CHURKIN RUSSIAN NAVAL CEMETERY
|Total identified casualties||28 Find these records|
|Casualties from||First World War|
Churkin Naval Cemetery, Vladivostok is on the Churkin peninsula and was used by British, French, American and Czechoslovak troops. The Canadian Government erected a central monument in the British plot; and on this, the Vladivostok Memorial, are inscribed the names of the 13 British soldiers whose graves are in other parts of Siberia.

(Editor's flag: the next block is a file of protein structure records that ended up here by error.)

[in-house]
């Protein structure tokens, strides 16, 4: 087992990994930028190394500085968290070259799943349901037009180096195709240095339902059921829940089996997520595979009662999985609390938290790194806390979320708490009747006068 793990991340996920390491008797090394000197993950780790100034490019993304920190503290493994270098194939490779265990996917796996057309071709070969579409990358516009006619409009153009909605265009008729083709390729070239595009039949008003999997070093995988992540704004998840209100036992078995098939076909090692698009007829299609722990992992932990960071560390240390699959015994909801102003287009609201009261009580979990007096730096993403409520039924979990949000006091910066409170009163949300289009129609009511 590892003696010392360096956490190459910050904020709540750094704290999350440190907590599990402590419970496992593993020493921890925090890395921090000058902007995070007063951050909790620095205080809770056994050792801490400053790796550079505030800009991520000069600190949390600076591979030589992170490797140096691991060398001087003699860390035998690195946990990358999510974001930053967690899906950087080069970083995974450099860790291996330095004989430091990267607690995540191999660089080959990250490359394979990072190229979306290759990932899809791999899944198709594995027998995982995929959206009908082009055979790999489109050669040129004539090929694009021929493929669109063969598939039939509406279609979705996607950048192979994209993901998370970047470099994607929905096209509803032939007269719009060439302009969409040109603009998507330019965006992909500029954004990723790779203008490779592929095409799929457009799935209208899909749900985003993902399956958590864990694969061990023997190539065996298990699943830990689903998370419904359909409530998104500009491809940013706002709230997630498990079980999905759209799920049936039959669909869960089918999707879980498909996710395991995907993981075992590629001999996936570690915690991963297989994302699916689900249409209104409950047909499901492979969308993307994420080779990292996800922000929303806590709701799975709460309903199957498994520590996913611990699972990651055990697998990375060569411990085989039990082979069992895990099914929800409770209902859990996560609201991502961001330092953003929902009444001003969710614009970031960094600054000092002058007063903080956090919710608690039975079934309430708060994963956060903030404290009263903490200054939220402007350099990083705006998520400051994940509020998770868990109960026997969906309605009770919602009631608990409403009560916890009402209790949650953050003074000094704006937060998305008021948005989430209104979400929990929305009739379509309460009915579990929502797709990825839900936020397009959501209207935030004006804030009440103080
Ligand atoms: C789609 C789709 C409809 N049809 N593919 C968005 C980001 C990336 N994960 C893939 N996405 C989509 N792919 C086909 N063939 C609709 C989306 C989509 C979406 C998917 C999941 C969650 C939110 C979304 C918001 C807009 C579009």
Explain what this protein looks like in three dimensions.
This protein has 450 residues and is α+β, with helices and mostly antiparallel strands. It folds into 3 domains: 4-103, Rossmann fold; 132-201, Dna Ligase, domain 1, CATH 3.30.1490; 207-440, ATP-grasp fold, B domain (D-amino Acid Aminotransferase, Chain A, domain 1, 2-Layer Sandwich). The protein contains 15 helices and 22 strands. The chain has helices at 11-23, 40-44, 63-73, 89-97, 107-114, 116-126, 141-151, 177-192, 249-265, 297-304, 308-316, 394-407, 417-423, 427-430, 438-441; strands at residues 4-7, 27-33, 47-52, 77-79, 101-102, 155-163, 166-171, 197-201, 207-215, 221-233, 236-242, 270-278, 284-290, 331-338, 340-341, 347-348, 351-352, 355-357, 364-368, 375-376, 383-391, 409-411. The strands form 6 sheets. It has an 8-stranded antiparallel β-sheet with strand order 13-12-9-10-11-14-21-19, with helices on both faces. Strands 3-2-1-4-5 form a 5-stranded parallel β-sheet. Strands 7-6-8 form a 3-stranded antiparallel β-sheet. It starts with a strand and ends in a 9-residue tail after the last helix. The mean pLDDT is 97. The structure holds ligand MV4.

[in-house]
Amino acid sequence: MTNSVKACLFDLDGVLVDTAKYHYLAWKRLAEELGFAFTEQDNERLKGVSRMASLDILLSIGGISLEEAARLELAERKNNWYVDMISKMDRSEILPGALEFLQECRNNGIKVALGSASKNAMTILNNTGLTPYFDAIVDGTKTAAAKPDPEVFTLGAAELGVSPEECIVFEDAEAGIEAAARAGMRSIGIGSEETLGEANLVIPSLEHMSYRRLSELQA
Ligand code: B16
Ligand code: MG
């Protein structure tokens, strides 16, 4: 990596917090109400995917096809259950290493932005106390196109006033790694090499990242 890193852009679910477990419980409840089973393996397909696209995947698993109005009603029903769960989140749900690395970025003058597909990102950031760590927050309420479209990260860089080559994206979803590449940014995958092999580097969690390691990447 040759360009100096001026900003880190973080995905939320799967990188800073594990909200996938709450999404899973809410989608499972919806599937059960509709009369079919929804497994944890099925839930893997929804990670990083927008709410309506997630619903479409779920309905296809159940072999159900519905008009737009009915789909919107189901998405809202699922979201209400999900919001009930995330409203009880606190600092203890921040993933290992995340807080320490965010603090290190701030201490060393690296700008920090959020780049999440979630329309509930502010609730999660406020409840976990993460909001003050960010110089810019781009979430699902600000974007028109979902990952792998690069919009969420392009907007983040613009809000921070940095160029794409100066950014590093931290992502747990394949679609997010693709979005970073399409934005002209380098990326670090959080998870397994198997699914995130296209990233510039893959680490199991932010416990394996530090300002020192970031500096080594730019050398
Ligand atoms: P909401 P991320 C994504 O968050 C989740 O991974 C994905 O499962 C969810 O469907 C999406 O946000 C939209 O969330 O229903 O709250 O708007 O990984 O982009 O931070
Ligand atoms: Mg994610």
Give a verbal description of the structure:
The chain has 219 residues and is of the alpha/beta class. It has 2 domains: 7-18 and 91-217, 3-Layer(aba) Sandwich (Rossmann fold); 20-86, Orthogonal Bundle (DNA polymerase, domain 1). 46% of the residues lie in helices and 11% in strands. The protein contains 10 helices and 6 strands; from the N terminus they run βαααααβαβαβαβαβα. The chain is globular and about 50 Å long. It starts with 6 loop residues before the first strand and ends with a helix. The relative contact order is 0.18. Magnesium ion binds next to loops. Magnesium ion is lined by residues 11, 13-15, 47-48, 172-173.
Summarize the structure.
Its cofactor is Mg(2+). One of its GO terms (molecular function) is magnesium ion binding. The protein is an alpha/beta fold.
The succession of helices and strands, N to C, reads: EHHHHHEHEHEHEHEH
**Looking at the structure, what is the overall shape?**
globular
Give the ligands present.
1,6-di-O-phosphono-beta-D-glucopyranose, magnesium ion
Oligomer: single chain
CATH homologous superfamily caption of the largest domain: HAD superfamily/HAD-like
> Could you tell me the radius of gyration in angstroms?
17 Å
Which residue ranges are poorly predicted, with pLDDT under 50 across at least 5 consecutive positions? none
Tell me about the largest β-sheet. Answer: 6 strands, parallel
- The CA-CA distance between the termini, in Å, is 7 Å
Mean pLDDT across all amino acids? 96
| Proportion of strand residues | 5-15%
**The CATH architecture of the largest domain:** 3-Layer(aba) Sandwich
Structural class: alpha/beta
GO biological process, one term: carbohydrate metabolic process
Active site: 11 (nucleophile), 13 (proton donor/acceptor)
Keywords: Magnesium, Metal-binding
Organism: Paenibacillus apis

CHURKIN RUSSIAN NAVAL CEMETERY, VLADIVOSTOK, on the Churkin peninsula, was used by British, French, American and Czechoslovak troops. The Canadian Government erected a central monument in the British plot; and on this, the VLADIVOSTOK MEMORIAL, are inscribed the names of the 13 British soldiers whose graves are in other parts of Siberia. The 37 British War Graves at Vladivostok, and the 13 names on the Vladivostok Memorial, are due to the period of confusion in Siberia which followed the Treaty of Brest Litovsk. The establishment of a Siberian (anti-Bolshevik) Republic in December 1917 (and of other Republics in Siberia a little later) was followed by the march of the Czechoslovak Divisions in the Russian service from Poland eastwards, and in particular by the arrival of the 2nd Czechoslovak Division at Valdivostok in May 1918. The Japanese Government had sent a small detachment to that port in January, 1918; British and Japanese Marines landed on the 5th April; a British battalion came in June, and another in December, and in October a stronger Canadian force had landed. The autumn fighting went in favour of the Allies and Admiral Koltchak's Government, but the tide turned in 1919. An official French statement gave the number of troops of nine Allied or Associated nations in Siberia, in March 1919, as nearly 120,000, including 55,000 Czechoslovaks; they were gradually withdrawn. The British and Japanese left in the winter of 1919; Koltchak was finally defeated on the 8th January 1920, at Krasnoyarsk; the Czechoslovaks and an American hospital evacuated Vladivostok in March 1920. The Siberian Expeditionary Force was mainly Canadian, and it included No. II Canadian Stationary Hospital and No. 16 Canadian Field Ambulance. It left the graves of 14 Canadian soldiers and 14 from the United Kingdom in Churkin Russian Naval Cemetery; those of seven sailors of the Royal Navy, one Marine and one United Kingdom soldier in the Lutheran part of Pokrovskaya Cemetery; and those of ten soldiers from the United Kingdom and three from Canada at other places in Siberia.